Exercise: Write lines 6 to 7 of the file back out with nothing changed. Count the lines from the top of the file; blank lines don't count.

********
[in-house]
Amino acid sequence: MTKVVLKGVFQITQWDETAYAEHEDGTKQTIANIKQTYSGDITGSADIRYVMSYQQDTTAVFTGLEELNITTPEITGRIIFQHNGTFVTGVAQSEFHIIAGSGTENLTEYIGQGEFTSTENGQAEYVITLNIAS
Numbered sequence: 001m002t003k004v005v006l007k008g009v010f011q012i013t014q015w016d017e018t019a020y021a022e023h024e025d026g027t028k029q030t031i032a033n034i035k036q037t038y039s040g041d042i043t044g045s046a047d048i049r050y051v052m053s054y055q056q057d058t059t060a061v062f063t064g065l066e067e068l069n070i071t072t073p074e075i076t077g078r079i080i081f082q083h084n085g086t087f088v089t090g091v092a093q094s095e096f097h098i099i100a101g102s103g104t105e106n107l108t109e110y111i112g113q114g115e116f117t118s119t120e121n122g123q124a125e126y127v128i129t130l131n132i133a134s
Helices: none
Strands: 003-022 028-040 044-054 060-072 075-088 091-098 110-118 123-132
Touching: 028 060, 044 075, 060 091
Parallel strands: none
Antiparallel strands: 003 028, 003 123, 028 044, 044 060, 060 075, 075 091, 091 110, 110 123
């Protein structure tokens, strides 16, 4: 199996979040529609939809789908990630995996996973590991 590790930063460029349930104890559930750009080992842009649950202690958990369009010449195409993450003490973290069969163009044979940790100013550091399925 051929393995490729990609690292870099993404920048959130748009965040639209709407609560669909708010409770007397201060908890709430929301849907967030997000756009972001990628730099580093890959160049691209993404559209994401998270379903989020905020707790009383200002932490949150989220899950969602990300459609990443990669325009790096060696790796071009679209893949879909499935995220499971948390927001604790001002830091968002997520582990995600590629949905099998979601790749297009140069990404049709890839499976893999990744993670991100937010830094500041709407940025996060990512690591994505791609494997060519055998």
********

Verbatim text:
Touching: 028 060, 044 075, 060 091
Parallel strands: none